Source: Issues in Teacher Education, (Fall, 2010), pages 153-169.
(Reviewed by the Portal Team)
Autism has increased at an unprecedented rate in recent years. The 2005 U.S. Government Accountability Office (U.S. GAO, 2005) Report to the House of Representatives on Special Education reported a 500% increase in the number of students aged six to 21 identified with autism in the past 10 years.
Given the scarcity of studies examining access to the general curriculum for students with autism, this literature review was expanded to look at the following:
(a) a description of the landscape of curriculum modifications and instructional accommodations for students with autism;
(b) a review of research conducted on the meaning and degree of access to the general curriculum for students with disabilities, since there were none specifically for students with autism;
and (c) specific studies on the inclusion of students with autism.
An abundance of descriptive “how-to” articles and teacher/administrator advice commentaries pervade the literature on curriculum modifications and instructional accommodations.
Generally present in these articles are descriptions of behavioral manifestations of various disabilities and prescriptions for ameliorating challenges of inclusion by detailing strategies general education teachers can use to successfully include students with autism or other disabilities. However, all of these articles failed to support their recommendations with research.
Based on the research of the meaning and degree of access to the general curriculum it is evident that there exist differing views among teachers as to who is supposed to provide access to the general curriculum for students with disabilities. It is also clear that research on the use of curriculum modifications and instructional accommodations has been limited almost exclusively to students with acognitive disability.
Additionally it has been shown that with support, general education teachers can successfully offer access to the general curriculum for students with disabilities. However, many general education teachers lament that they do not have enough training to support students with disabilities in the general education classroom.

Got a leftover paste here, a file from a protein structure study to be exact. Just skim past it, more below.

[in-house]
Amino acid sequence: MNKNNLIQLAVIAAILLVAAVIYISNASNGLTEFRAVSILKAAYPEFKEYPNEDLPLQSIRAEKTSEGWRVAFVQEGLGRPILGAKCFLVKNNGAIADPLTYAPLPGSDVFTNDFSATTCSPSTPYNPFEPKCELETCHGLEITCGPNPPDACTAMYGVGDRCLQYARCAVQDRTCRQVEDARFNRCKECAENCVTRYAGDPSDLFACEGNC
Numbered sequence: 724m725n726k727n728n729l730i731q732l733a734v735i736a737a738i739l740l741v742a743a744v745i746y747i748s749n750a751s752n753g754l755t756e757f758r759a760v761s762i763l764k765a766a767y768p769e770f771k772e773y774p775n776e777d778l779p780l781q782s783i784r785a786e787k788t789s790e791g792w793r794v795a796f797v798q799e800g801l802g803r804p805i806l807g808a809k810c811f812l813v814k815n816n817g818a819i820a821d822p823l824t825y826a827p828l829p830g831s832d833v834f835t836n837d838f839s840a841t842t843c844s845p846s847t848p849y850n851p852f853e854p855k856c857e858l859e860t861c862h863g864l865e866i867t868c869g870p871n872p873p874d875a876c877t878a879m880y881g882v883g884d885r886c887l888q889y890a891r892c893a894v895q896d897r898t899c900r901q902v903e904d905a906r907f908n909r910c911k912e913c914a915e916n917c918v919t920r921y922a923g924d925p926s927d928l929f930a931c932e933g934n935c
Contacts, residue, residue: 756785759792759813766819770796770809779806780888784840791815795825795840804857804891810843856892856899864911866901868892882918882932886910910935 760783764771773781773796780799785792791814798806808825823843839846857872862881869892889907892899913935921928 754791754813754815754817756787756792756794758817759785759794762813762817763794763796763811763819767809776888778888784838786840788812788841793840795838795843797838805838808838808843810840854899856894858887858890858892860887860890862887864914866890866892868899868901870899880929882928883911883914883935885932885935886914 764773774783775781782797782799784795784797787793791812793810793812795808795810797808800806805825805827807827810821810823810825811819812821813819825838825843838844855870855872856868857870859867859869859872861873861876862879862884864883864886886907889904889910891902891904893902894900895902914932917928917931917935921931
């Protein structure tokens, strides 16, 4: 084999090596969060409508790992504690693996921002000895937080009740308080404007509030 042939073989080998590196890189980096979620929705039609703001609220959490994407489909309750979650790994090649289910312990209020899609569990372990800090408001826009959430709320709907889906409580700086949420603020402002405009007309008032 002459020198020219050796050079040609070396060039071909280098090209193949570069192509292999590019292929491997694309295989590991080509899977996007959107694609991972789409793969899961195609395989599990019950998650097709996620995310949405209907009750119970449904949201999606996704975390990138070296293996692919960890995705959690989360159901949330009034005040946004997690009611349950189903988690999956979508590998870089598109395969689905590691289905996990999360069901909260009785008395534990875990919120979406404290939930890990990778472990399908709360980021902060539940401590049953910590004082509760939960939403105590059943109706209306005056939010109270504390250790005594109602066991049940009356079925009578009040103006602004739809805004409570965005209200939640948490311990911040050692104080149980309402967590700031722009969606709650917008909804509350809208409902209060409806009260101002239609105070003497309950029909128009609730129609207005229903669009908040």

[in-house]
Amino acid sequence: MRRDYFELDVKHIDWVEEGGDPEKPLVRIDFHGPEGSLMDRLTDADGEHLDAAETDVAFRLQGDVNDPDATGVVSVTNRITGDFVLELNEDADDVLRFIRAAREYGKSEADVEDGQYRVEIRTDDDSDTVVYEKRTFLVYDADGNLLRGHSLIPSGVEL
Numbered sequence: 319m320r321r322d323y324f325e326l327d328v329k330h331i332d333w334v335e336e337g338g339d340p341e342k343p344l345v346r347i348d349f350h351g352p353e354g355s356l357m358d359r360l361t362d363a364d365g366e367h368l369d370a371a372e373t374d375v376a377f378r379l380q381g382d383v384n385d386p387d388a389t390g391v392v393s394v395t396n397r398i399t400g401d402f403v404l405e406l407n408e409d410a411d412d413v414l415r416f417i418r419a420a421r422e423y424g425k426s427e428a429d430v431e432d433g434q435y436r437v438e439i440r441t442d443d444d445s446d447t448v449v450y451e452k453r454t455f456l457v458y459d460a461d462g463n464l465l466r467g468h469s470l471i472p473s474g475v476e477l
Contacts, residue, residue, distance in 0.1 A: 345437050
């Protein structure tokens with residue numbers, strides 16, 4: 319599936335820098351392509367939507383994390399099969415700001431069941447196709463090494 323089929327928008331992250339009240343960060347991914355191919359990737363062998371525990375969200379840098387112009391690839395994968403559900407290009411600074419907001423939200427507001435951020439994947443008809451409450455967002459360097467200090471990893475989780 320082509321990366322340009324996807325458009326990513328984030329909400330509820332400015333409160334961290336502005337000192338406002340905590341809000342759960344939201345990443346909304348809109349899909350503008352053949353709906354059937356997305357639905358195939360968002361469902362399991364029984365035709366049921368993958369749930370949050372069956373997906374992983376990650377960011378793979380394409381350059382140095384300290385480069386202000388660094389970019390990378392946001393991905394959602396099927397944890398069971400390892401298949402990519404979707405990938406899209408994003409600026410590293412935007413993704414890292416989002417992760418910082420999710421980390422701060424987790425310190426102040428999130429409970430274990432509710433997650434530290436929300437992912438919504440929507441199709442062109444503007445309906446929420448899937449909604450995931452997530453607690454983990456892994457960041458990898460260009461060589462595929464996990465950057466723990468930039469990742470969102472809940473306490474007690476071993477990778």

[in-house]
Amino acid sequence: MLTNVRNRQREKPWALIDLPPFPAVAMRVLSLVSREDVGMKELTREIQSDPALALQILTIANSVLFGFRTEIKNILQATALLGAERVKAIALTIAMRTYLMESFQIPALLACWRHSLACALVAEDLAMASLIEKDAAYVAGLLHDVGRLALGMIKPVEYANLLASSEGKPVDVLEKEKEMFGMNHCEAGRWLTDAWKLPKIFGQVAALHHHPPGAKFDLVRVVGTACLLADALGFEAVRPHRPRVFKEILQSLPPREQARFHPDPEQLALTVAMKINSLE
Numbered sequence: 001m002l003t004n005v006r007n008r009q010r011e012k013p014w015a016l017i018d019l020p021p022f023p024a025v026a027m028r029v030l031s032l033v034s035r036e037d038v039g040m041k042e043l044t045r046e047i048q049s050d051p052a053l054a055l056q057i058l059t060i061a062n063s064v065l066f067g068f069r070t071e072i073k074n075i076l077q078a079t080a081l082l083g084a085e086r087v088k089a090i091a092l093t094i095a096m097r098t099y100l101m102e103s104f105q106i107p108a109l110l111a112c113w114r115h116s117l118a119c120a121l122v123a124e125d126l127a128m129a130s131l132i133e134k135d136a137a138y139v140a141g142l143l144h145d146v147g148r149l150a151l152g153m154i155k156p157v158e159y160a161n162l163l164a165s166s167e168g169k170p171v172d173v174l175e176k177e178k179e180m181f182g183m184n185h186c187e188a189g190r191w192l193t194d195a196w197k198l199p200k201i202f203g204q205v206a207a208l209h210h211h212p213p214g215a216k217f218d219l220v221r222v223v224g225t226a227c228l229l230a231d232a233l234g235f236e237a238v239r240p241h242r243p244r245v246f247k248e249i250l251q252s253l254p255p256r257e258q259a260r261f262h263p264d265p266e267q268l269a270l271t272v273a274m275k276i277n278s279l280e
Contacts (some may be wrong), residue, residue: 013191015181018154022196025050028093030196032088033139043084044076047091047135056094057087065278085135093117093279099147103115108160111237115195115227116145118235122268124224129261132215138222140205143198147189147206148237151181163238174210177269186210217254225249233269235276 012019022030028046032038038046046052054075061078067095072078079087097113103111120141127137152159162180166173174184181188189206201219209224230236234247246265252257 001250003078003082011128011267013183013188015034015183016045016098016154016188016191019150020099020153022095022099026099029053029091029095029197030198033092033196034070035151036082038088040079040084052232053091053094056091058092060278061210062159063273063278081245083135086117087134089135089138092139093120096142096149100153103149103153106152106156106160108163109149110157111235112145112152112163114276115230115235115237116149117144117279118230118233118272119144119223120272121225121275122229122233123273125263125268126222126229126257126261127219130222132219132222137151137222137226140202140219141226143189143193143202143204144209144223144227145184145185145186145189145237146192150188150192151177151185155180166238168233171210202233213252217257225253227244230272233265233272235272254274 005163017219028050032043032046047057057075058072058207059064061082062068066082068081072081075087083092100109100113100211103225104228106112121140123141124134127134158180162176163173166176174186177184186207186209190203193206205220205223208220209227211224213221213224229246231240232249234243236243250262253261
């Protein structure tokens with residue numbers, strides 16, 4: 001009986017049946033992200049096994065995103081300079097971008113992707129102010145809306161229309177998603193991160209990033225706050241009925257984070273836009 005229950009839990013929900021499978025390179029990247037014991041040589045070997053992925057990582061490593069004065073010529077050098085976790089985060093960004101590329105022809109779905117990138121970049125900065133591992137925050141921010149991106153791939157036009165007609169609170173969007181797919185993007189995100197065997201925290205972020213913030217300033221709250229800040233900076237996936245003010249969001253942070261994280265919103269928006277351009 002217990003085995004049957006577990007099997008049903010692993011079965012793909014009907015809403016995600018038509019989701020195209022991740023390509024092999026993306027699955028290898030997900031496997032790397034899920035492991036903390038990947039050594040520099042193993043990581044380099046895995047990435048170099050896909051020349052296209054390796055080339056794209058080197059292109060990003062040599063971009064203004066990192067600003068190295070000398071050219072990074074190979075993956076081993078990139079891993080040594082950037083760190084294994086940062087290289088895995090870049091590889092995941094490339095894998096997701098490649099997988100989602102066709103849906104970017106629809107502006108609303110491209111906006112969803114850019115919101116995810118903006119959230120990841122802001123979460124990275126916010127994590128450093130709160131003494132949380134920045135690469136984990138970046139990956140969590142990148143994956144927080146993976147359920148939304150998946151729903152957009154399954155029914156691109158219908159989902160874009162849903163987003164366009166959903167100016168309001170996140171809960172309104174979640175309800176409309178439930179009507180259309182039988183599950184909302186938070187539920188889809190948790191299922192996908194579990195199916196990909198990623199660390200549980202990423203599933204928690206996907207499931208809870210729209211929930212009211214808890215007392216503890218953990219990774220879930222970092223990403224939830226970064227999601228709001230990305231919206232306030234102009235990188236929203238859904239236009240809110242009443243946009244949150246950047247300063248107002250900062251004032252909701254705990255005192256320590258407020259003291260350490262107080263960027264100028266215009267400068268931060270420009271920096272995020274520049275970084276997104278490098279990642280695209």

Access to the general curriculum is a national concern as evidenced by the National Longitudinal Study-2 (NLTS2) funded by the U.S. DE, Institute of Education Sciences (2009).
Providing access to the general curriculum for students with autism can be particularly challenging for teachers in general education classrooms. This is in part due to the individual student differences in the manifestation of autism, and also because, often, teachers do not have adequate classroom supports (Robertson, Chamberlain, & Kasaril, 2003).
The reviewed studies indicated that progress is being made on the provision of instructional accommodations for students with disabilities that provide access to the general curriculum. However, few of the studies have actually observed what teachers are doing in the classroom to provide access to the general curriculum for students with autism. There exists an alarming absence of any research that clarifies what general education teachers are doing to provide access to the general curriculum for students with disabilities in general. Less is known about what is being done for students with autism, which is a quickly expanding population of students.
Recommendations for further research include a thorough examination of how general education teachers are providing access to the general curriculum for students with autism and other disabilities.
Roberston, K., Chamberlain, B., & Kasaril, C. (2003). General education teachers’ relationships with included students with autism. Journal of Autism and Developmental Disorders, 33(2), 607-619.
U.S. Government Accountability Office. (2005). Report to the Chairman and Ranking Minority Member, Subcommittee on Human Rights and Wellness, Committee on Government Reform, House of Representatives: Special education, children with autism. (GAO-05-220). Washington, DC: Author.